When leaving this paintable countryside to join Cornwell in Florence, my new-found friend Umberto came to see me off. As the Ford was being refueled for the journey over the Passo del Muraglione Umberto reported the comment made by the man at the pump. "He says he is so sorry to see you go away. He likes your car because of its eight thirsty little cylinders!"
Economic conditions at home were improving and upon my return time was shared with advertising, magazine and exhibition painting. My first love, steam locomotives, got a hefty renewal at the Worlds Fair where the finest examples of this species, past and present, were beautifully displayed. I did a set of tempera paintings when these mammoths were made even more impressive by the floodlighting at night. These were given a one-man show at a Fifth Avenue gallery. None sold. I gave a few to admiring rail fans and was prepared to present one to that excellent railroad historian, the late Lucius Beebe, but his critical inspection of these works evoked nothing but profound silence.
Nearing completion now was the fabulous Roosevelt Raceway where Vanderbilt Cup Racing was to be revived. I hoped to be of some use in designing posters or program covers but was given a brisk runaround at Steve Hanigan's press bureau. I decided to try the Raceway's General Manager, the man whose dream of revived Cup Racing was at a point of realization, George Robertson, the Vanderbilt winner of 1908. He was not exactly displeased upon learning that I had seen him in this race and many others, but was enormously surprised and delighted to know that his old Locomobile No. 16 still existed. He had long believed it forever gone.
This brief interview began a lasting friendship. It also inspired the Raceway to contact the owner of the Loco, Joseph Sessions, foundry man of Bristol, Connecticut. Arrangements were made for a one-lap exhibition run just prior to the start of the revived Vanderbilt. The interview also resulted in my doing a poster and other jobs for the two Cup Races, 1936 and 1937.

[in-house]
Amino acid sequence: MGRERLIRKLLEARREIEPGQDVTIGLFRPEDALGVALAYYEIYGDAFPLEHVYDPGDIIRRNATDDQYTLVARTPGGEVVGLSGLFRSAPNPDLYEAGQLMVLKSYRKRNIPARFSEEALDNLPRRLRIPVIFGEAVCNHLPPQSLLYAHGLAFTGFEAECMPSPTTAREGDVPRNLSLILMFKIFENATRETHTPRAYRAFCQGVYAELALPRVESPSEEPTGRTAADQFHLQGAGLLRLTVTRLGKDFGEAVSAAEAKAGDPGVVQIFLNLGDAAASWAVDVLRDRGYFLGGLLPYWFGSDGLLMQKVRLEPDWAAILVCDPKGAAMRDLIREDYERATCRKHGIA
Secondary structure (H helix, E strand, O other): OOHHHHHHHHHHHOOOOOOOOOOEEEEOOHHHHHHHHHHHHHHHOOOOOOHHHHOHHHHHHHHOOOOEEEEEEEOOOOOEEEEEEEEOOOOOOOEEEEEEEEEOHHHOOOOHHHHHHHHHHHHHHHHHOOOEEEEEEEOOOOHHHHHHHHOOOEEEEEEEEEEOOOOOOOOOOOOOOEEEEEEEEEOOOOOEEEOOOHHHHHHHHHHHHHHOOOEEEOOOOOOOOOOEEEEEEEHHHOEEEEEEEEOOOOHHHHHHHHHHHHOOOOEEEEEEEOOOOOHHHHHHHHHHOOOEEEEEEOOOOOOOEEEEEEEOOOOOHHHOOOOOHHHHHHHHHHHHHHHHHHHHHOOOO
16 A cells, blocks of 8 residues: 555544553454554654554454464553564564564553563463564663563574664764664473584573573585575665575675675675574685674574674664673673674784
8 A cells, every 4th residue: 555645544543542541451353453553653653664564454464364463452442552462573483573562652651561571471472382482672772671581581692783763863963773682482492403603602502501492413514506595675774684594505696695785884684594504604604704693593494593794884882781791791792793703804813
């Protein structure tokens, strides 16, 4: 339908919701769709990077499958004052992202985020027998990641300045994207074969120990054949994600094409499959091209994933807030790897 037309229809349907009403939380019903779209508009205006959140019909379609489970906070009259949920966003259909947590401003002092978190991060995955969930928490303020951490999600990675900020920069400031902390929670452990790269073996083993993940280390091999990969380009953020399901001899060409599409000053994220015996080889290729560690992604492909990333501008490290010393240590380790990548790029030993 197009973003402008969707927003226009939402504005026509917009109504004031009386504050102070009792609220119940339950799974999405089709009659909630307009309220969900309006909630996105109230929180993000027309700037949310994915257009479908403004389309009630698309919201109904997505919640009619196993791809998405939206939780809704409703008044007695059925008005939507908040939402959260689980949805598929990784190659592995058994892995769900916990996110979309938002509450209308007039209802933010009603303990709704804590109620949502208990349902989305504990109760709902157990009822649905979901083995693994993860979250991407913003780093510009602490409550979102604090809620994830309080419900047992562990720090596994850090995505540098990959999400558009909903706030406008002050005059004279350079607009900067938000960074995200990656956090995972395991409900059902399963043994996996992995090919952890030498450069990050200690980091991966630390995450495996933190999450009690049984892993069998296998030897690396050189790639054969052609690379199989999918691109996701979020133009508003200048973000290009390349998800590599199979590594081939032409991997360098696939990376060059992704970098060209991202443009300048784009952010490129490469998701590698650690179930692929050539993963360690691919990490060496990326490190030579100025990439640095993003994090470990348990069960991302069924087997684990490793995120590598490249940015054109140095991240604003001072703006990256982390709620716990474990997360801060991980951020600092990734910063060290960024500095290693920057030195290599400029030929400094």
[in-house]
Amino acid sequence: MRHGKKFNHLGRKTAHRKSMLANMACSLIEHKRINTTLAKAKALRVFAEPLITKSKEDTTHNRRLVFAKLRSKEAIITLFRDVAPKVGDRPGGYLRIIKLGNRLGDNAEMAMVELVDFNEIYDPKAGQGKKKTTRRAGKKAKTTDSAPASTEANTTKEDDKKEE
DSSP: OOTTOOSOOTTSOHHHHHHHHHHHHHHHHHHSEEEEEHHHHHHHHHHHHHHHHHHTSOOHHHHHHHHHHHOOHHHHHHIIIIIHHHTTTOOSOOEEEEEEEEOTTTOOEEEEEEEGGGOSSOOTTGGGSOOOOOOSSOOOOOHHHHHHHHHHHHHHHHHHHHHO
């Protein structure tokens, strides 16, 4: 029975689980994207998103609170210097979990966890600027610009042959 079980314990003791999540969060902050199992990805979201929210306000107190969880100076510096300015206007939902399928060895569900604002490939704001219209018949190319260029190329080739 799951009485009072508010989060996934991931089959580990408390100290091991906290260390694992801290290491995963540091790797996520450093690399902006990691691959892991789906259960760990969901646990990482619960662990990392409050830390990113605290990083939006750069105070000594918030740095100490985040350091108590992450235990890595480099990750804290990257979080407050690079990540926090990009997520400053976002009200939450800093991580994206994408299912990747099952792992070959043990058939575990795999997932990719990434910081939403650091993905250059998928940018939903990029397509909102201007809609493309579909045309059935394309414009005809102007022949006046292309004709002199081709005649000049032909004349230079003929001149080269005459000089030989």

Robertson did indeed drive that exhibition lap and then wondered how he'd been able to "handle the brute" for four hours at high speed 28 years before! But the revival was no howling success. Because the pretzel-like pattern of the circuit demanded moderate pace, sports writers commented caustically about the mild mph achieved by the world's top participants. This speed, said they, was uniformly bettered by the customers who drive to the race in their own cars.
By 1937 the circuit had been greatly simplified, permitting 160 mph and above on the finishing straight. Unlike the Italian triumph of Nuvolari and Alfa the year before, this race, signifying the German takeover in classic racing, was won by Rosemeyer's Auto Union with Seaman's Mercedes a close second. As before, our contenders were nowhere although Rex Mays's 3rd place in an elderly 8-C Alfa gave a degree of comfort to American enthusiasts.
I think it was at about this time when a hardy group of young amateurs, the Collier brothers as prime movers, organized the Automobile Racing Club of America, later SCCA, and staged a so-called Briarcliff Race Revival. This was run over semi-private roads not too distant from the 1908 Briarcliff circuit. In spite of the few entries and the varied concept of what constituted sports car machinery (Rileys, Austin 7s, souped-up Overlands) these backyard G.P.s were spirited entertainment and initiated the trends that were realized at Watkins Glen a dozen years later.
My work in advertising art had by this time won the Harvard Award for an industrial series for Westinghouse; four Art Directors Medals in New York and similar top awards in Philadelphia, Detroit, Cleveland and Chicago. Now less time was given to work in the fine arts field. Sales in this category continued to be negligible. Besides, many of the new trends were a complete divorce from tradition to which my loyalty, wisely or not, was firm. I still believed in Brangwyn's edict "Go to Nature" so there were painting sprees locally and in New Orleans, Texas and Arizona, shared by my ll-year old son Jerry who displayed very promising talent. However, as fine as it was, this Southwestern landscape thrilled me far less than had the mountainous regions of Spain and Italy.